Lindsey and her husband Blake stand with Cleveland Clinic medical staff as they announce that she had received the nation's first uterus transplant.  (Marvin Fong/The Plain Dealer via AP)

The first uterus transplant performed in the United States failed after a fungus common to women's reproductive systems caused an infection that resulted in blood loss after surgery, officials at the Cleveland Clinic said Friday.

On the same day that the 26-year-old transplant recipient was introduced to the public last month, she suffered dizziness, a sudden loss of blood pressure and an elevated heart rate, said Andreas Tzakis, the surgeon who performed the operation. The woman was rushed back into surgery, where doctors discovered that an infection had invaded the graft where the uterus was joined with her blood vessels, causing the blood loss. That forced the organ's removal.

The woman, who has been identified only by her first name, Lindsey, "is doing great" and should be going home soon, Tzakis said in an interview Friday. "She knows she is a pioneer, and she knows that there are some penalties that go with that." Under the clinic's protocol for the procedure, she would not be a candidate for another uterus right now, he said.

The fungus, candida albicans, commonly lives in women's vaginas and other reproductive organs and causes no problems. According to the Centers for Disease Control and Prevention, excessive growth can trigger what is commonly known as a yeast infection and is easily treated in most cases.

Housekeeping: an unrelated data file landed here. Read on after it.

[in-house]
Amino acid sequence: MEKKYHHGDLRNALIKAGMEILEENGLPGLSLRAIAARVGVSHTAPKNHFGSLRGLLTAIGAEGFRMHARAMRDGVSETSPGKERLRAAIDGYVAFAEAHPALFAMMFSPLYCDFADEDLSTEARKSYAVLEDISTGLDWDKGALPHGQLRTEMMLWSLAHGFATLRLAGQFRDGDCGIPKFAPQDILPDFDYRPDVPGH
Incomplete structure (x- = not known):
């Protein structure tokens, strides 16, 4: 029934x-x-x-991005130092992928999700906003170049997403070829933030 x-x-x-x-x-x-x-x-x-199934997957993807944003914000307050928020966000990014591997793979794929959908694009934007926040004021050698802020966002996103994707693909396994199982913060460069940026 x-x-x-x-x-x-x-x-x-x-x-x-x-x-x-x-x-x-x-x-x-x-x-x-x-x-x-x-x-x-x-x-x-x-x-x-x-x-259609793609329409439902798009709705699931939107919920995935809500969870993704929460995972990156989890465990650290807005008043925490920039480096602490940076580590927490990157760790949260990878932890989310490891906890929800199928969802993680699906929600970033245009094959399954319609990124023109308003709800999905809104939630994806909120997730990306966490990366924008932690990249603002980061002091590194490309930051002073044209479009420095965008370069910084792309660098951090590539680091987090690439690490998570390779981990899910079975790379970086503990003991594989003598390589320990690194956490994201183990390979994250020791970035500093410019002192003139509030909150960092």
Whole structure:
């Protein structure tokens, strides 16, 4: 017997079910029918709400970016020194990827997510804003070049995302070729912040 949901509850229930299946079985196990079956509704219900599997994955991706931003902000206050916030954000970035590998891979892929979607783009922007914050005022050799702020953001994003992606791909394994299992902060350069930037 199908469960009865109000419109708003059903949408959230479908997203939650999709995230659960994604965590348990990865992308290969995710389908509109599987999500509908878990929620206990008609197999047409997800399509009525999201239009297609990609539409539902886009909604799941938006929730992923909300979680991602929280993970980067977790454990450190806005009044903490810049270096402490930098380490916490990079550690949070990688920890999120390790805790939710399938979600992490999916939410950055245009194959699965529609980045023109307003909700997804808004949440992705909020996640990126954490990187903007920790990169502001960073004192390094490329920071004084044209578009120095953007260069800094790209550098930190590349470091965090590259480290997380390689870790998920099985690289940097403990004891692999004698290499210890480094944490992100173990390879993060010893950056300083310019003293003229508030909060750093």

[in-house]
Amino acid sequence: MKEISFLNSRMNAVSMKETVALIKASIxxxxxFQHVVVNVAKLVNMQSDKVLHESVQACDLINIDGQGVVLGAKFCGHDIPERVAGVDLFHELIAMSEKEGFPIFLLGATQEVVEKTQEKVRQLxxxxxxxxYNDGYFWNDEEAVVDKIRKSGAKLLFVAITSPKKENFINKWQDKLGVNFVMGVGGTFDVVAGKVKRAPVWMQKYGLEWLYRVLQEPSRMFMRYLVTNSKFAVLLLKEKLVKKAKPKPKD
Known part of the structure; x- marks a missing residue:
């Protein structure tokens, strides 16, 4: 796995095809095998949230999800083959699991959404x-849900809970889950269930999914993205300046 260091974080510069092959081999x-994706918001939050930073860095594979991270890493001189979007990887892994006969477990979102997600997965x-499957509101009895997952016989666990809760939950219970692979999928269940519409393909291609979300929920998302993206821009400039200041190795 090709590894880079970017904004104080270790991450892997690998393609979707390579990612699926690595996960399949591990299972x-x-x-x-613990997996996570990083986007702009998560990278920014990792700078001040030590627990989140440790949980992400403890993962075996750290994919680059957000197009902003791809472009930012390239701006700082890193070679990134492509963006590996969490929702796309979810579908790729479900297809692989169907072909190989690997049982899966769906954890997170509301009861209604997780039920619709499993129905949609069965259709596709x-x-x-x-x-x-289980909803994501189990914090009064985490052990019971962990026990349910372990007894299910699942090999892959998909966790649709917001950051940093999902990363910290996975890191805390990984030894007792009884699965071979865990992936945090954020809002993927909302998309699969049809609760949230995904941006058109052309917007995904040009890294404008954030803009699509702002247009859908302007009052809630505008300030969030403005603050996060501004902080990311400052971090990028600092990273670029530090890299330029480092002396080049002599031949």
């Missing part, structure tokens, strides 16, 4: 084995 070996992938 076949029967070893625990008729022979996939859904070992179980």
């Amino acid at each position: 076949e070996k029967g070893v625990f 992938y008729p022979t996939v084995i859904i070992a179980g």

But in a person like Lindsey, who was taking drugs to suppress her immune system and help the transplant succeed, growth can cause a more serious infection, Tzakis said.

Tests before the surgery did not reveal any issues for either Lindsey or the uterus donor, he said. But the Cleveland Clinic plans to modify its protocol to reduce the chances of this complication in future transplants, he said.

The operation, performed Feb. 24, is part of a clinical trial that surgeons hope will result in 10 transplants for carefully screened recipients. The news conference at which doctors described their initial success was held about two years after the world's first uterine transplant was performed in Sweden. In October 2014, doctors there announced that one of the patients had delivered a healthy boy. Four more children have been born to women there since.

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